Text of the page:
John Sculley was brought to Apple for two reasons. One was for him to keep revenue flowing into the Apple II line for about three years which would buy some time for Apple to deliver on the MacIntosh series. The second reason was that Jobs had been impressed with the way Sculley used the Pepsi Challenge to market the soft drink while playing number two to Coke's number one. It is possible that Jobs hoped for Sculley to present Apple's computers in the same way, as the upstart number two compared with the number one Microsoft/IBM combo.
At first, the pair got along well as Jobs pumped Sculley for information on how he marketed Pepsi so successfully. For five months, the pair would take turns with Sculley flying to the West Coast and Jobs flying in to the Big Apple. Sculley told Jobs that, "One of the key insights we learned (at Pepsi) was that you don’t sell the product, you sell the experience."
Around March 1985, the relationship was becoming strained. Mac sales were not doing well and Jobs wanted to cut the price, throw money into advertising the product, and reduce the emphasis of the Apple II line. Sculley disagreed. To his way of thinking, the Mac simply was just not ready and the company needed to push the Apple II. Sculley called Jobs' bluff and went to the Board of Directors about the disagreement.
The Board asked vice chairman Mike Markkula to interview key people at the company to see who was right, Sculley or Jobs. Ironically, it was almost like the Pepsi Challenge. After ten days, Markkula reported to the Board that the majority said that Sculley was right, that the Mac was not ready and Jobs was asked to step down as the leader of the MacIntosh division.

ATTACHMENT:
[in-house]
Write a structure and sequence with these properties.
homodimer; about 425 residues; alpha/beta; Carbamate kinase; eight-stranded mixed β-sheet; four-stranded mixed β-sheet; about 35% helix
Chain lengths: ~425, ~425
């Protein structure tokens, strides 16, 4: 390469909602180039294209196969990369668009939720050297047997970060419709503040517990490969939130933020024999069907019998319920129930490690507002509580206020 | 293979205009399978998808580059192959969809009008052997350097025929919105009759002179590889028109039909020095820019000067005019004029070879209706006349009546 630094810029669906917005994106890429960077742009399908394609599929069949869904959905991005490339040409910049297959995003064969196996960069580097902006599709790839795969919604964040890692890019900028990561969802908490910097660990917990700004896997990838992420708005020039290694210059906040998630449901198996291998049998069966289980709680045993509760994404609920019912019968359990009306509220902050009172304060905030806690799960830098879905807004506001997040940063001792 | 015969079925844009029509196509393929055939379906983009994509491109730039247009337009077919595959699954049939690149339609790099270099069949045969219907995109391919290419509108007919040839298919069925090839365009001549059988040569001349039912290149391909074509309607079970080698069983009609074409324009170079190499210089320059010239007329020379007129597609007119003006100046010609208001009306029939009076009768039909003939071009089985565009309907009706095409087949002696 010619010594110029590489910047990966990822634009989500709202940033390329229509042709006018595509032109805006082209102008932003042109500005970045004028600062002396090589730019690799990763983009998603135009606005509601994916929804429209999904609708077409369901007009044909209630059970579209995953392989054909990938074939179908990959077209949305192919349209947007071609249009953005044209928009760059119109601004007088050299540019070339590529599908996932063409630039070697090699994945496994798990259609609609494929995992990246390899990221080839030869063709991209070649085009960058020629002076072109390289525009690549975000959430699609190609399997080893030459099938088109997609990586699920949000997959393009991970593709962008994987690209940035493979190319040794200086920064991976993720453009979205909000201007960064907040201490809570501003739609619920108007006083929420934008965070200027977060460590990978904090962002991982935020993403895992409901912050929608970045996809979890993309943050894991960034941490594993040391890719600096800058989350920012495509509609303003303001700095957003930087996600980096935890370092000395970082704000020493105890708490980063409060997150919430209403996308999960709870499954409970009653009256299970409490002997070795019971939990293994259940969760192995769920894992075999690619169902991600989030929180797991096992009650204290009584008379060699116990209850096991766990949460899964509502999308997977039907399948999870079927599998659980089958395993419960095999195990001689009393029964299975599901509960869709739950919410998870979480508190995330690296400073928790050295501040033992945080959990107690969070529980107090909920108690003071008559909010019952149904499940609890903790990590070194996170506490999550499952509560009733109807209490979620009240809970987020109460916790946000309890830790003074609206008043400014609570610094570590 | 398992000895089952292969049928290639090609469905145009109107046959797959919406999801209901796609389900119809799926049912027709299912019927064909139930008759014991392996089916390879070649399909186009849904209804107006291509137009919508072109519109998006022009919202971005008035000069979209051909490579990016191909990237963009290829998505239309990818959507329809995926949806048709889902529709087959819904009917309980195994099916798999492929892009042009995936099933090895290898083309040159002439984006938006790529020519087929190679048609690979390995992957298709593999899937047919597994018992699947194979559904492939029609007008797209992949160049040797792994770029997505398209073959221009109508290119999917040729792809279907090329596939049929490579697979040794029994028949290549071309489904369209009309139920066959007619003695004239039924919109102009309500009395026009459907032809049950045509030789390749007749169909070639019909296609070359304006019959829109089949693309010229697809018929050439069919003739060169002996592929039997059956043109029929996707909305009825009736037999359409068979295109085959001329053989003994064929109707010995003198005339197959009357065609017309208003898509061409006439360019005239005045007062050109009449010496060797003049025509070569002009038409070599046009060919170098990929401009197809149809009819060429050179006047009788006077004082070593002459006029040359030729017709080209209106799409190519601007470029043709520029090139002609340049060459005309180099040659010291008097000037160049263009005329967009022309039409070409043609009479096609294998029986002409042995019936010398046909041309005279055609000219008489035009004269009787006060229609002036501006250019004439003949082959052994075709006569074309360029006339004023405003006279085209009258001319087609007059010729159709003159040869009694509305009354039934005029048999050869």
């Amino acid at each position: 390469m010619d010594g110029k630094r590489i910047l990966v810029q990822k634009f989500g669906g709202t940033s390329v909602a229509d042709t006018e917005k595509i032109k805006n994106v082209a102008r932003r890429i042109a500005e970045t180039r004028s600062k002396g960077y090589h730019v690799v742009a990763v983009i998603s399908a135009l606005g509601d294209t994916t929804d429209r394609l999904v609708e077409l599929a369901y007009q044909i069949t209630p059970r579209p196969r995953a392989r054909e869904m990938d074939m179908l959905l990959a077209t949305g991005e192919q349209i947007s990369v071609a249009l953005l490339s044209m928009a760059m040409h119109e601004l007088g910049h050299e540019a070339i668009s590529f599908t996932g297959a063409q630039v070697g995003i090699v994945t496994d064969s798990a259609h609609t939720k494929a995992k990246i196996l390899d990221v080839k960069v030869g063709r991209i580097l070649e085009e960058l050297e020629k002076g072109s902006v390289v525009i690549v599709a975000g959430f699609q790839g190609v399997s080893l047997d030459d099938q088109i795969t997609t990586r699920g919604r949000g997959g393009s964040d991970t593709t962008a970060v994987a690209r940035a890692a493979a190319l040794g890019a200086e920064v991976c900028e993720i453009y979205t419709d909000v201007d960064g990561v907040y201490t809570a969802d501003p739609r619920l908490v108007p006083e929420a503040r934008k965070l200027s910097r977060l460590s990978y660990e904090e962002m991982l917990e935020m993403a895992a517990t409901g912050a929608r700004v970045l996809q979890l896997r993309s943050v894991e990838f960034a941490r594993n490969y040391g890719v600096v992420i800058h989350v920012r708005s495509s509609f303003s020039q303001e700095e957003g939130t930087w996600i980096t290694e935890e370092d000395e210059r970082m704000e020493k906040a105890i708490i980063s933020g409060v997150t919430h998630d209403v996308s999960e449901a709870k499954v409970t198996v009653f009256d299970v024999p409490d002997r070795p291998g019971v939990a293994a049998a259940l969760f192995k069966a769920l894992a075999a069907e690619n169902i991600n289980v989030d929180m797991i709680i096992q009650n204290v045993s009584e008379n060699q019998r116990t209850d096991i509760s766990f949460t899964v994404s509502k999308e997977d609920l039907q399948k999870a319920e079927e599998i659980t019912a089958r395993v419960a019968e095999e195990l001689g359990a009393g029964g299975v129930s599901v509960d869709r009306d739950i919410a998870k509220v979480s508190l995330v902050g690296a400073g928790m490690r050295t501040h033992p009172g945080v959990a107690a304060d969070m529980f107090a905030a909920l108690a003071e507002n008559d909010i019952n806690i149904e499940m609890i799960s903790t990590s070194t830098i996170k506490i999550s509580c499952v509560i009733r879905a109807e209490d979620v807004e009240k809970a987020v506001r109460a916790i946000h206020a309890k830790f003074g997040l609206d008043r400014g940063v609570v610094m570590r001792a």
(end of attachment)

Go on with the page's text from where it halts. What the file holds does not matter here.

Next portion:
"So Steve was never actually “fired” from Apple, but he was demoted from the role of leading the Macintosh division and then he went off on sabbatical and then he eventually resigned from the company and took a number of key executives and started NeXT Computing," Sculley said. And when Jobs left for NeXT, he took key Apple personnel with him despite a promise not to, according to Sculley who added, "At the time I left, Apple was the number one selling personal computer in the world. And we had an 8.3 [percent] worldwide market share at that point. We were the most profitable personal computer company in the world."
Steve Jobs told a different story during his commencement address at Stanford University in June 2005. According to him, "We [Apple] had just released our finest creation — the Macintosh — a year earlier, and I had just turned 30. And then I got fired. How can you get fired from a company you started? Well, as Apple grew we hired someone who I thought was very talented to run the company with me, and for the first year or so things went well. But then our visions of the future began to diverge and eventually we had a falling out. When we did, our Board of Directors sided with him. So at 30 I was out. And very publicly out."
Both Jobs and Sculley-who admitted he knew nothing about computers when hired at Apple-later agreed that the latter was not the right man for Apple. Jobs later complained that he destroyed everything he spent ten years working for.
For his part, Sculley admitted that technology finally caught up to the vision of Steve Jobs. The work that Jobs did at NeXT was ahead of its time, according to Sculley, but it became "the core for Apple's recovery when computers were powerful enough and the cost of technology had come down enough."
Steve Jobs rejoined Apple when NeXT was purchased by the Cupertino based firm, and the rest is history. That is, until someone comes forward to change it.
source: BBC, MacObserver via AppleInsider